Wednesday, November 9, 2022

Make the Rich Pay...and then get rid of them!


Written by: Nick G. on 10 November 2022

In 2013, in response to people’s demands to know how much – or how little -tax was being paid by businesses on revenue from sales for products and services in Australia, the Australian Tax Office began publishing an annual spreadsheet of entity (companies) income and taxation.

Such disclosures had been fought for years by the Business Council of Australia, by the huge multinational corporations that were notorious as tax avoiders, and their supporters in the Liberal and National Parties.

The figures really only dealt with the tip of the iceberg: in 2013, only companies with a sales revenue of $100 million or more were subject to scrutiny.

The Liberal argued that for privately-owned companies (those without shareholders), the data was an invasion of privacy and the Turnbull government exempted them in November 2015. The exemption didn’t last long, but when they were put back into the scheme the threshold was raised to $200 million, thus limiting the number of companies involved.

The thresholds currently stand at $100 million or more for Australian public and foreign-owned corporate tax entities, and $200 million or more for Australian-owned resident private companies.

In other words, we still don’t know in general what capitalist entities earning income in Australia are paying, or avoiding, in terms of their taxation requirements.

What we do know is that around one-third of those entities that are the biggest companies in Australia (most of these are foreign-owned) are still not paying tax, and that this figure of one-third has been quite consistent since the ATO began publishing the data in 2013.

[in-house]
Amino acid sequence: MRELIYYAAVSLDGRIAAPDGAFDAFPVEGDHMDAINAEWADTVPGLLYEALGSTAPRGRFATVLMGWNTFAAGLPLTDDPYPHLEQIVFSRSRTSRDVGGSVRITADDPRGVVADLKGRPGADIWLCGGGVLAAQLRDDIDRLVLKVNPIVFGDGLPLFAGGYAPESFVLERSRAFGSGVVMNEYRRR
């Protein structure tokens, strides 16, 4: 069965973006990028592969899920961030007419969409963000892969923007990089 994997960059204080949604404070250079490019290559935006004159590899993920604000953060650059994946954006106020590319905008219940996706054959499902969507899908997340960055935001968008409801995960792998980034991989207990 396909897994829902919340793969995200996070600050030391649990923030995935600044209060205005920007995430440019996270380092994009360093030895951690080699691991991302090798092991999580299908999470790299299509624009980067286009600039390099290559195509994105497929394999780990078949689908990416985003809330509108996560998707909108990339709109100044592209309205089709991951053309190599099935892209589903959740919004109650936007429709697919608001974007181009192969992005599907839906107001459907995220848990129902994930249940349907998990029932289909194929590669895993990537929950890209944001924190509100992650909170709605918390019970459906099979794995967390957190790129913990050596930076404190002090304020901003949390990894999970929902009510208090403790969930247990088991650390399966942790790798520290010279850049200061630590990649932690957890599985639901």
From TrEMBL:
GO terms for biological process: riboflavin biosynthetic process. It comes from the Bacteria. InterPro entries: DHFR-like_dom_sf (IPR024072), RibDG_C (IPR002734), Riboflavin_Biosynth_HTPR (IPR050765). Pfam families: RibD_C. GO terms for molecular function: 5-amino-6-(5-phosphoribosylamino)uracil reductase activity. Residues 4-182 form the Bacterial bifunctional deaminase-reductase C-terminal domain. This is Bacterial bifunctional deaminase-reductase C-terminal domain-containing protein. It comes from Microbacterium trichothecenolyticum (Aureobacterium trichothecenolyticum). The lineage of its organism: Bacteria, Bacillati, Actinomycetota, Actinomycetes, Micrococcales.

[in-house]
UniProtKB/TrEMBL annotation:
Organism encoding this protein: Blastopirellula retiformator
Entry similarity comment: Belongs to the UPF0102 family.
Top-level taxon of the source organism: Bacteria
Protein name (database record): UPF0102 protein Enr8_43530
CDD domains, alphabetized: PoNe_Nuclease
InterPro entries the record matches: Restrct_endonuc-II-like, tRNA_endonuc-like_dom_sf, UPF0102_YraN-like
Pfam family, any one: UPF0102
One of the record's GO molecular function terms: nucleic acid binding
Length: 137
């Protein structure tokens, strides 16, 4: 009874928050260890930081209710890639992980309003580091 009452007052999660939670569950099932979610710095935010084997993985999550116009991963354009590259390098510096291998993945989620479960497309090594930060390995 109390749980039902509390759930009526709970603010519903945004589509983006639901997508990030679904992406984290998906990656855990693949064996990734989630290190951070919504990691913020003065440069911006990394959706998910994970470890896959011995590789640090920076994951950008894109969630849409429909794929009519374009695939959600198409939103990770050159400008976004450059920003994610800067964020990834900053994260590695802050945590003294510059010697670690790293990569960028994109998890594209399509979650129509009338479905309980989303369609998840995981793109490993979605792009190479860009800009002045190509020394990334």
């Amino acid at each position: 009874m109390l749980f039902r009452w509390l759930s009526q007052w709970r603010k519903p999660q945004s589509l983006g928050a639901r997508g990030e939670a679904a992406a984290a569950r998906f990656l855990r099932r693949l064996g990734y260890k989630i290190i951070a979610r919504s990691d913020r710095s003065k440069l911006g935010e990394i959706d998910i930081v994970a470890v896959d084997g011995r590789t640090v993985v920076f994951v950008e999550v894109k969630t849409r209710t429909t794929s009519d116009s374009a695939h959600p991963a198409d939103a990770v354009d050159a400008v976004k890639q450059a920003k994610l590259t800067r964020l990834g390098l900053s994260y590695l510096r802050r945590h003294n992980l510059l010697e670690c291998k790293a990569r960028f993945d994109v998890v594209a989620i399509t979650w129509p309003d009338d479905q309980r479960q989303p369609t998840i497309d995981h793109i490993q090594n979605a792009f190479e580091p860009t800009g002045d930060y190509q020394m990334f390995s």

As a matter of record, the latest data set, for the 2020-21 financial year, shows that 2521 companies had income above the current thresholds, but 801, or 32%, paid no tax.

US multinational Chevron Australia Holdings Pty Ltd is not included in the 32% because, on Australian earnings of $9,163,203,498 it paid a massive $30! 

Two other Chevron entities, Chevron Australia Downstream Holdings Pty Ltd (income of $ 1,720,618,927) and Chevron Australia Products Pty Limited (income of $ 1,599,962,958) paid no tax. We suggest these latter two chip in $10 each to help out their unfortunate sibling.

Spare a thought too for Nature's Care Holdings Pty Ltd which, on an income of $ 107,981,823 could not see its way clear of having to pay $1 in tax.  Surely their accountants could have avoided that for them. The company has nothing to do with environmentalism but is a manufacturer of vitamins which in 2018 was taken over by a Chinese state-backed consortium China Jianyin Investment Ltd (JIC) and private equity fund Tamar Alliance owned by Chinese firms Citic Pacific Ltd and Dah Chong Hong Holdings 1828.HK.

Years ago, our Party advanced the tactical slogan “Make the Rich Pay”.  It was based on the premise that the rich weren’t paying enough for the social programs of the people.  It now transpires that the rich constantly strive, and often successfully, to pay nothing at all, year after year.

As an immediate demand, “Make the Rich Pay….something, anything” still resonates.

However, the days when we continue to tolerate the rich at all are drawing to a close.

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